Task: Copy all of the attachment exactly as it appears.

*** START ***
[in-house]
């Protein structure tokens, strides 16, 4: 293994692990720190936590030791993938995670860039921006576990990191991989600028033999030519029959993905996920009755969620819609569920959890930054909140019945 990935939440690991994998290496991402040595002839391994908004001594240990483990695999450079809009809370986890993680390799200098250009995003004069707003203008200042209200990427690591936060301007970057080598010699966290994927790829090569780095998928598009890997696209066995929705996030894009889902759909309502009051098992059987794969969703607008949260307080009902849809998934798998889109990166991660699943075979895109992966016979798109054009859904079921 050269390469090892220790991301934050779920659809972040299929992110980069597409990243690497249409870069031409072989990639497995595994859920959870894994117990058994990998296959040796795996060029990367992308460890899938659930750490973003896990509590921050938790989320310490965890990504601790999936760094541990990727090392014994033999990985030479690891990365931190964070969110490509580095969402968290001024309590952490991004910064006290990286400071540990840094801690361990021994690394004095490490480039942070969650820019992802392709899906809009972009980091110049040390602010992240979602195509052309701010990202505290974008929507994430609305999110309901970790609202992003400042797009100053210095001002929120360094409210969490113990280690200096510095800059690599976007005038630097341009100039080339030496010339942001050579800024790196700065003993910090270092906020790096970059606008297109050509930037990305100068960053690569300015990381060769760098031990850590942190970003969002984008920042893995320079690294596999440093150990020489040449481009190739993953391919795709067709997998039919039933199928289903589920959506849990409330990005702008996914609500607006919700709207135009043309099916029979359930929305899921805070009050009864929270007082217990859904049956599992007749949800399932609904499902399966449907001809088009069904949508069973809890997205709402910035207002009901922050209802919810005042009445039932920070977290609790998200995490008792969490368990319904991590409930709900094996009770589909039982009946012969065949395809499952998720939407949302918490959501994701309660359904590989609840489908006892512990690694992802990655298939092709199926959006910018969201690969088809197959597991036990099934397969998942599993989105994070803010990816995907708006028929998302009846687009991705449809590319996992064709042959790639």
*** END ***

[in-house]
């Protein structure tokens, strides 16, 4: 293994692990720190936590030791993938995670860039921006576990990191991989600028033999030519029959993905996920009755969620819609569920959890930054909140019945 990935939440690991994998290496991402040595002839391994908004001594240990483990695999450079809009809370986890993680390799200098250009995003004069707003203008200042209200990427690591936060301007970057080598010699966290994927790829090569780095998928598009890997696209066995929705996030894009889902759909309502009051098992059987794969969703607008949260307080009902849809998934798998889109990166991660699943075979895109992966016979798109054009859904079921 050269390469090892220790991301934050779920659809972040299929992110980069597409990243690497249409870069031409072989990639497995595994859920959870894994117990058994990998296959040796795996060029990367992308460890899938659930750490973003896990509590921050938790989320310490965890990504601790999936760094541990990727090392014994033999990985030479690891990365931190964070969110490509580095969402968290001024309590952490991004910064006290990286400071540990840094801690361990021994690394004095490490480039942070969650820019992802392709899906809009972009980091110049040390602010992240979602195509052309701010990202505290974008929507994430609305999110309901970790609202992003400042797009100053210095001002929120360094409210969490113990280690200096510095800059690599976007005038630097341009100039080339030496010339942001050579800024790196700065003993910090270092906020790096970059606008297109050509930037990305100068960053690569300015990381060769760098031990850590942190970003969002984008920042893995320079690294596999440093150990020489040449481009190739993953391919795709067709997998039919039933199928289903589920959506849990409330990005702008996914609500607006919700709207135009043309099916029979359930929305899921805070009050009864929270007082217990859904049956599992007749949800399932609904499902399966449907001809088009069904949508069973809890997205709402910035207002009901922050209802919810005042009445039932920070977290609790998200995490008792969490368990319904991590409930709900094996009770589909039982009946012969065949395809499952998720939407949302918490959501994701309660359904590989609840489908006892512990690694992802990655298939092709199926959006910018969201690969088809197959597991036990099934397969998942599993989105994070803010990816995907708006028929998302009846687009991705449809590319996992064709042959790639």